DOI- none personally, but a good friend drank himself to death a couple of years after exoneration at a full hearing, the patient's complaint having been found to be unfounded. Also daughter now studying Medicine and I don't want her to have this SHI*E organisation being in control of her life.

    Please note: ANY OF US can write a letter to the Police asking them to look into it. It doesn't have to be a long one.

    And to the GMC- who I am sure lurk here: A Merry Christmas. I hope for some of you that your next one will be behind bars.

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  • Cruel is right Clare but so has been the college's failure to act.why should anybody trust it now? Exactly WHAT are you doing to change the system though, and how much support have got from within

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  • I know two colleagues who have both been investigated by the GMC and both were diagnosed with cancer in the following year. I wonder if this might be worthy of further research too.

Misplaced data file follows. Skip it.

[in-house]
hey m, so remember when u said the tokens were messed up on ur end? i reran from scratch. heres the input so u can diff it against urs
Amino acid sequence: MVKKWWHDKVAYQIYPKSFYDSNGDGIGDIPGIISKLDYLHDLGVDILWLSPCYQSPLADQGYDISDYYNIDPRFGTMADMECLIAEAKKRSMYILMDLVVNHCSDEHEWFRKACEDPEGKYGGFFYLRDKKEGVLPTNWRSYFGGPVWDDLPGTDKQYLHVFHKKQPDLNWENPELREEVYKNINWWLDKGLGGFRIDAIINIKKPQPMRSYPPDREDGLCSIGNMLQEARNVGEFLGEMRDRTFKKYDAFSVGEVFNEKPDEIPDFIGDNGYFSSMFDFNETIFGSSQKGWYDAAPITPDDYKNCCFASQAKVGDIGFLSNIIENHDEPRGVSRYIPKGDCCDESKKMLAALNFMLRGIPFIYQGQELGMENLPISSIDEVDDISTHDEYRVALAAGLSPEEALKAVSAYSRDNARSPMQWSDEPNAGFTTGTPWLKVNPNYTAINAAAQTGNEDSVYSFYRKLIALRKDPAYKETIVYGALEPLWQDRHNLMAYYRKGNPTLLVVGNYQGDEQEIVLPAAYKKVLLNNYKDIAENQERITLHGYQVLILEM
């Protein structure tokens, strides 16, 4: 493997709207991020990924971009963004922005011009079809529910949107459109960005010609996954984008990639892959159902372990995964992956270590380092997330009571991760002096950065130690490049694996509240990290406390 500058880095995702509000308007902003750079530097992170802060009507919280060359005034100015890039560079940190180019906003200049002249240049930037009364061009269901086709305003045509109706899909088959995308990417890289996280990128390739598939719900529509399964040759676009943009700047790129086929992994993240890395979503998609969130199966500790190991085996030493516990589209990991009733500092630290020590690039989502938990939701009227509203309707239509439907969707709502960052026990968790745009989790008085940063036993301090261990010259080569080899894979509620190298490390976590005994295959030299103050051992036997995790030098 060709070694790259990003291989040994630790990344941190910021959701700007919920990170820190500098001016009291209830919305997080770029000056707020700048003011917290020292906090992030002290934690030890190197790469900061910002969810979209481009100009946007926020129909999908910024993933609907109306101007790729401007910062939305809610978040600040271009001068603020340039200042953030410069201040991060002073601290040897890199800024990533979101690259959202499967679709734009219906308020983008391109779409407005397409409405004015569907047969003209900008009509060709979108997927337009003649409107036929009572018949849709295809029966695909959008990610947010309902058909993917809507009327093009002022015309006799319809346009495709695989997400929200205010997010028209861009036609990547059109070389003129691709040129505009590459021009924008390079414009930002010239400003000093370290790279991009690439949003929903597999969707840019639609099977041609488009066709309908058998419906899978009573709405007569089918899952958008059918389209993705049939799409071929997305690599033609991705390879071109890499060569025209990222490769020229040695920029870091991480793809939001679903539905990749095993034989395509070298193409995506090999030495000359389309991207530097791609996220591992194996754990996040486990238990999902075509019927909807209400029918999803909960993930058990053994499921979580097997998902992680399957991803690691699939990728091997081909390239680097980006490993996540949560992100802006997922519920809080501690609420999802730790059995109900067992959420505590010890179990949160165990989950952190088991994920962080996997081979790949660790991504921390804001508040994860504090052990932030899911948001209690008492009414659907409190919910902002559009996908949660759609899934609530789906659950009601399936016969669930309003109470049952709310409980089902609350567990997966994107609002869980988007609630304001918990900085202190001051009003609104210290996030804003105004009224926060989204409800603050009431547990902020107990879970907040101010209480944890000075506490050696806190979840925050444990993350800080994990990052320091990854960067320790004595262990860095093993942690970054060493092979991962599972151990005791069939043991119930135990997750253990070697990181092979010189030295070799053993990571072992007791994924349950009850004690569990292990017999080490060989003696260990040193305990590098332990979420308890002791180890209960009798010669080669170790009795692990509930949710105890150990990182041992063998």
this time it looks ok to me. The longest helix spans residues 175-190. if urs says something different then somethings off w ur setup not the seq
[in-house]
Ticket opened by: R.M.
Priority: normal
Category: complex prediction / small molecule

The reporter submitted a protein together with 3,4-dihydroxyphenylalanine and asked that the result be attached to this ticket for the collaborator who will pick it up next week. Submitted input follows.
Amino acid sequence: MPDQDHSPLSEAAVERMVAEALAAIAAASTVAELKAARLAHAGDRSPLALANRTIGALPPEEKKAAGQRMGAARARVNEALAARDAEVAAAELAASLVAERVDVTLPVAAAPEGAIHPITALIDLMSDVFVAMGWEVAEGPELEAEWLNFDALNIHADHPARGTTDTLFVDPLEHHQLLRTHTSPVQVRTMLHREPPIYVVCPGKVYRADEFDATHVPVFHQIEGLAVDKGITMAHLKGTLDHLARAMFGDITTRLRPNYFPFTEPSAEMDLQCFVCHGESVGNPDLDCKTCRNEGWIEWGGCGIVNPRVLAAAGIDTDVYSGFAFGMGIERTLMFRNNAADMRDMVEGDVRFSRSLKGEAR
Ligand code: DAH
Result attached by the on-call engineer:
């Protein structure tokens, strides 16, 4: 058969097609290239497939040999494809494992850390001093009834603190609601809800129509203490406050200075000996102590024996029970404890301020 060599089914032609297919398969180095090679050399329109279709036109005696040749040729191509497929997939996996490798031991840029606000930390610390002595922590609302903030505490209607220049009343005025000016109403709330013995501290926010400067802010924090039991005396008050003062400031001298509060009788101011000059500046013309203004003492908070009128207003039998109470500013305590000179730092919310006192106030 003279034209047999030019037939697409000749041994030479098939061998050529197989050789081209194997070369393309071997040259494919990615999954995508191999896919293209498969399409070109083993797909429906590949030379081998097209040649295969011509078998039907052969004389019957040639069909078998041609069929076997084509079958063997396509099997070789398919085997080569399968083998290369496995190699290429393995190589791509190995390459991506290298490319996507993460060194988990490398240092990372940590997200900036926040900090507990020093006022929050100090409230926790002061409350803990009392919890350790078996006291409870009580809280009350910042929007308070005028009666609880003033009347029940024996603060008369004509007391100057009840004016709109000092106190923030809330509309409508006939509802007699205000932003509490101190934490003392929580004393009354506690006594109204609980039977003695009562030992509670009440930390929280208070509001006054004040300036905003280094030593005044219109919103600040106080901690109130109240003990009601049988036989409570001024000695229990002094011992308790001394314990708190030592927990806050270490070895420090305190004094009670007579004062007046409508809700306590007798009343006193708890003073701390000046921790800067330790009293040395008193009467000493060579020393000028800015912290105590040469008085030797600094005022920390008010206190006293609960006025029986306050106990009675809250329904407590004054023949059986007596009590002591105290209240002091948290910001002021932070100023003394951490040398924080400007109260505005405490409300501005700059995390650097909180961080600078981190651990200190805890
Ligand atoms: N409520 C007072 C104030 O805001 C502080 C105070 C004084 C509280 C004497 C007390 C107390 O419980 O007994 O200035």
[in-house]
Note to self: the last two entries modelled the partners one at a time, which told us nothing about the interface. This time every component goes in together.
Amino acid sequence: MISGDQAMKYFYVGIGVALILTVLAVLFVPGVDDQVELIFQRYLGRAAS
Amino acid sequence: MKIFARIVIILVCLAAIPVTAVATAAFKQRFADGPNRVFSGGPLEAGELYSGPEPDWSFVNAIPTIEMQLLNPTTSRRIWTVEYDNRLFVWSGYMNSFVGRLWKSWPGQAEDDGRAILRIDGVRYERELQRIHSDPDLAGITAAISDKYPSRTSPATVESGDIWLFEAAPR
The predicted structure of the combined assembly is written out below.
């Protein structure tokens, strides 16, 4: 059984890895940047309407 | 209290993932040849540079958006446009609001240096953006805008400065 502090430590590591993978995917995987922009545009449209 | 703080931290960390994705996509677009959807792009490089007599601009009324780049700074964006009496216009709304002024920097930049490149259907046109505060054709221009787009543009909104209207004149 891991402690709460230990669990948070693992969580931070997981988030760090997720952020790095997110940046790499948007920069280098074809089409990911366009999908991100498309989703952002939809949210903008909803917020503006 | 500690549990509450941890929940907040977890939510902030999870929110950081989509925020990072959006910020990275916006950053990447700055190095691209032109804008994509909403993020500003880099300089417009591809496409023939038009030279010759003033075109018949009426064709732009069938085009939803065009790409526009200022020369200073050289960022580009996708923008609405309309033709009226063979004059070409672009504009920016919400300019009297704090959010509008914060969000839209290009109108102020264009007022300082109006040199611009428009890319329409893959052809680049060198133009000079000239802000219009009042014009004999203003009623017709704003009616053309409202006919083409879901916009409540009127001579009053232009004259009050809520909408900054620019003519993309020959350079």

Regulators are capable of wreaking enormous havoc within health care systems as well as in the lives of individuals. The whole urgent care system is driven by the sense of professional risk. Patients die and the whole health care system threatened by responses to professional risk that occur as a consequence of complaint and regulation. Suicide is the tip of the iceberg that is the unintended consequence.

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  • Nobody cares.You are on your own. Admission of weakness is a suicide note. There are no votes in it and politicians can push us around at will..We have not the shred of an effective propaganda campaign.We do not protect our own and never have.We are an unnecessarily macho and arrogant profession which partially creates some of our own problems and allows some doctors and society to abuse other doctors.
    The caring profession?.Cum scientia caritas,and all that crap. What hypocrisy.

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  • We must care. We must care for our own. When I see horrid posts on DNUK and here I feel traumatised. We must all work towards creating a more compassionate nhs and ensure that those in power remove and address the toxic destructive forces